Friday, August 10, 2018

This Steiff Woolen Miniature Bunny Is A Shoe-In!

There is no question that size defies when it comes to Steiff's wonderful woolen miniature animals, especially those produced before World War II. It is absolutely amazing how much personality and detailing the company was able to include in the design of these tiny treasures - some no more than a few centimeters tall or wide! A few of these charming, larger scaled pets also featured internal wire skeletons, so they were practically as posable as the company's standard line Teddy bears and animals. Steiffgal recently added one very special palm-sized example to her collection, and she's sure you'll be all ears to learn more about him. Check out this handsome hare and see what makes him so special!

This petite treat deserves a standing ovation! He is 9 cm tall, begging, and made from Nomotta wool. His head, upper body, and tail are made from tan colored threads, while his lower body is made from red colored threads. His ears are made from tan felt and his arms, which have been lot to time, would have been made from the same material. He is fully string jointed, meaning that he can move his head and body side to side. His face come to life with brown and black glass pupil eyes and traces of a pink airbrushed nose and mouth. He had clear monofilament whiskers when he left the factory in Giengen, Germany eight decades ago. Rabbit's legs are made from metal and he retains his adorable, all original tan felt slippers, which you can see here on the photo to the left. He retains his tiny, long trailing "f" style button-in-ear. This happy hopper was made in this size only from 1936 through 1941.

This boy bunny was actually produced as a hare pair - really! Steiff launched this little Romeo as half of a "his and her" rabbit couple. The girl, who was the same size and had the same construction as the boy, differed in her coloration. Her upper body was made from red colored thread and her lower body was made from tan colored threads - just the opposite of the boy. And her slippers were red instead of tan, like the boy's footwear. You can see this cute couple on the photo here on the left, it is taken from Pfeiffer's 1892-1943 Sortiment.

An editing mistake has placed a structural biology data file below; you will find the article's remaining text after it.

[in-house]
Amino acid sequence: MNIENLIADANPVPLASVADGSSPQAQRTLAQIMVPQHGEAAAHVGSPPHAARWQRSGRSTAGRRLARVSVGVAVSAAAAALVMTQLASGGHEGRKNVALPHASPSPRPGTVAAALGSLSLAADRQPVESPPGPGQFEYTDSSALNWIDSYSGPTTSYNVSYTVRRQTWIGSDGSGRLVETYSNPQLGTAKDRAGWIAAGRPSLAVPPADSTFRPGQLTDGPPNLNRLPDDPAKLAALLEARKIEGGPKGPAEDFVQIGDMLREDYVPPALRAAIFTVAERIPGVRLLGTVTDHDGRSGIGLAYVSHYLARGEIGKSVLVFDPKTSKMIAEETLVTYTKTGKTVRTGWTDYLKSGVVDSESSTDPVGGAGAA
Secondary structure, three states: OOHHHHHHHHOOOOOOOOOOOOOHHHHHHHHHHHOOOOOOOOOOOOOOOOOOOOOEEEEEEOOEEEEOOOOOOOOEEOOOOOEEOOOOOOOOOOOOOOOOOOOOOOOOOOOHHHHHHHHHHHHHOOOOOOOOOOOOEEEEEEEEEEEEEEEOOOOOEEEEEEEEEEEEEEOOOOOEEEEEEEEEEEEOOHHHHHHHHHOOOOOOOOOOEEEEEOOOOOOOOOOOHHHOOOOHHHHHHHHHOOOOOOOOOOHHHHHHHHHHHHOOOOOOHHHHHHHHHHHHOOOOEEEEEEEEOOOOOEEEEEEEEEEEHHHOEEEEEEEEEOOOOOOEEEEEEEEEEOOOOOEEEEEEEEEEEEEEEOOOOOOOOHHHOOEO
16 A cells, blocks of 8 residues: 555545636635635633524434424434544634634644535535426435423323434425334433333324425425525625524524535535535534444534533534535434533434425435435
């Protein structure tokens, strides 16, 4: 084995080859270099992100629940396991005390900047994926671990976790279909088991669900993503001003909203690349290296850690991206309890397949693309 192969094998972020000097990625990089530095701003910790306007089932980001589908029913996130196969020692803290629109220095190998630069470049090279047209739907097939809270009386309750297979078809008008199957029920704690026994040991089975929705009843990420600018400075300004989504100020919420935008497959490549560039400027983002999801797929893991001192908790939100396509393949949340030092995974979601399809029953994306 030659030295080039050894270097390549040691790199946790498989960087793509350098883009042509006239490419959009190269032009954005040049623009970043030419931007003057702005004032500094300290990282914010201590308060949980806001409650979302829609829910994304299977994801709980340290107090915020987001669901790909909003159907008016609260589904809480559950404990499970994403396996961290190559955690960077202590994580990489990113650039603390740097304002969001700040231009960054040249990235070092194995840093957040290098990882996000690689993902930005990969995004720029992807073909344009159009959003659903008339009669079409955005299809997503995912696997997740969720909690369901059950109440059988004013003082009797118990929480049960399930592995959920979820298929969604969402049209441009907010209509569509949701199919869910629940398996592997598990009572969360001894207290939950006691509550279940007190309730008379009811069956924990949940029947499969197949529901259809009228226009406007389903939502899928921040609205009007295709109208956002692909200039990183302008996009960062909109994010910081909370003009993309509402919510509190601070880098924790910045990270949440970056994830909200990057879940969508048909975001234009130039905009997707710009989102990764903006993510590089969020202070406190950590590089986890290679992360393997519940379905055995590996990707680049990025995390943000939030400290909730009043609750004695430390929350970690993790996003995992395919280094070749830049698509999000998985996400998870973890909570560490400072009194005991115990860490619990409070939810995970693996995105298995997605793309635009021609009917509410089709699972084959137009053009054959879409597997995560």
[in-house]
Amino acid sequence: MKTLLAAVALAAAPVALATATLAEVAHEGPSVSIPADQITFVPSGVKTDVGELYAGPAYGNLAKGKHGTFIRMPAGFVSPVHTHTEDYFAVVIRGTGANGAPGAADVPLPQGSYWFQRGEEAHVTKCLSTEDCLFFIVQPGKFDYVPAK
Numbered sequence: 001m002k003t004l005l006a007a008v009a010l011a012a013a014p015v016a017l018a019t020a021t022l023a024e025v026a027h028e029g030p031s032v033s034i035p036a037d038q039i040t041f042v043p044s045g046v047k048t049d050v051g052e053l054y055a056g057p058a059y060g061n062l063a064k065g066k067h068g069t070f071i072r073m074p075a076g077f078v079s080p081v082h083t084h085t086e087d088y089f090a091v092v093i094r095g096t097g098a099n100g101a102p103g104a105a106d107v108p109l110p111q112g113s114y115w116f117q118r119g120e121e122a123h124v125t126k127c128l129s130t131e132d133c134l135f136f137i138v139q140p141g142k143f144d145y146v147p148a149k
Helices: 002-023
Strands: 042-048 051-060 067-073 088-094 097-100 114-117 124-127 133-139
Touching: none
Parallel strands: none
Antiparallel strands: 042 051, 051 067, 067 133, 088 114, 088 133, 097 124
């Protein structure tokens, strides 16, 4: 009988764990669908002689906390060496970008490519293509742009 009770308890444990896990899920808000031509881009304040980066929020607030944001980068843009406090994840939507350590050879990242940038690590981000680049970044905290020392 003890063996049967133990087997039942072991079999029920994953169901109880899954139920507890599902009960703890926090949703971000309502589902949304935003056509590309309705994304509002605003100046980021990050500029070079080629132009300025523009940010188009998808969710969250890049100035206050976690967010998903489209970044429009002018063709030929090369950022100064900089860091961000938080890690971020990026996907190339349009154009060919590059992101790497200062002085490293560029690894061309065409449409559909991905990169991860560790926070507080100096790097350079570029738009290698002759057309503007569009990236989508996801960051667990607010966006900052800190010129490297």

Given their popularity, the number of woolen miniature bunnies in Steiff's pre-war line multiplied like, well, jackrabbits. They were produced in all sorts of sizes and configurations, including lying and hopping versions. A great rarity is the company's "ski rabbit," a 17 cm woolen miniature bunny wearing a scarf and accessorized with wooden skis and ski poles. Others were made into "congratulators" which were designed as gifts to be personalized with messages from the giver to the recipient. A tumbler featuring a 10 cm white or brown woolen miniature begging rabbit was also produced from 1936 through 1941. You can see a few of these variations, along with the rabbit under discussion today, in this page from Steiff's 1938 catalog. You can click on the image to make it bigger and easier to read. 

Steiffgal hopes this discussion on this woolen miniature rabbit in slippers has made you smile from head to toe. 

Have a question about one of your Steiff treasures? Let's talk! Click here to learn more.

Monday, August 6, 2018

This Charming Steiff Doll Is Sugar And Spice And Everything Nice!

It's smooth sailing when it comes to this week's Steiff treasure! Steiffgal was asked by a friend to handle a wonderful vintage doll. When this sweetie arrived at Steiffgal's home, she was even more adorable and interesting than advertised. Come take a look at this early 20th century felt doll and see what secrets she holds!

This charming little girl is sugar and spice and everything nice. She is 28 cm, fully jointed, and made from flesh colored felt. Her precious and youthful face comes to life with a traditional Steiff center seam, blue and black pupil eyes, a 3D nose, set-in mouth, and proportional ears. Her mohair wig, which has faded to a silvery color, was most likely brown, given the color of its cotton backing. She wears a simple white cotton dress, a white cotton sailor's shirt trimmed in dark navy or black, great striped knitted socks, and red felt tie shoes with leather soles. Steiff produced this happy, childlike style of doll from around 1908 through the mid-1920's in standard sizes ranging from 22 to 75 cm.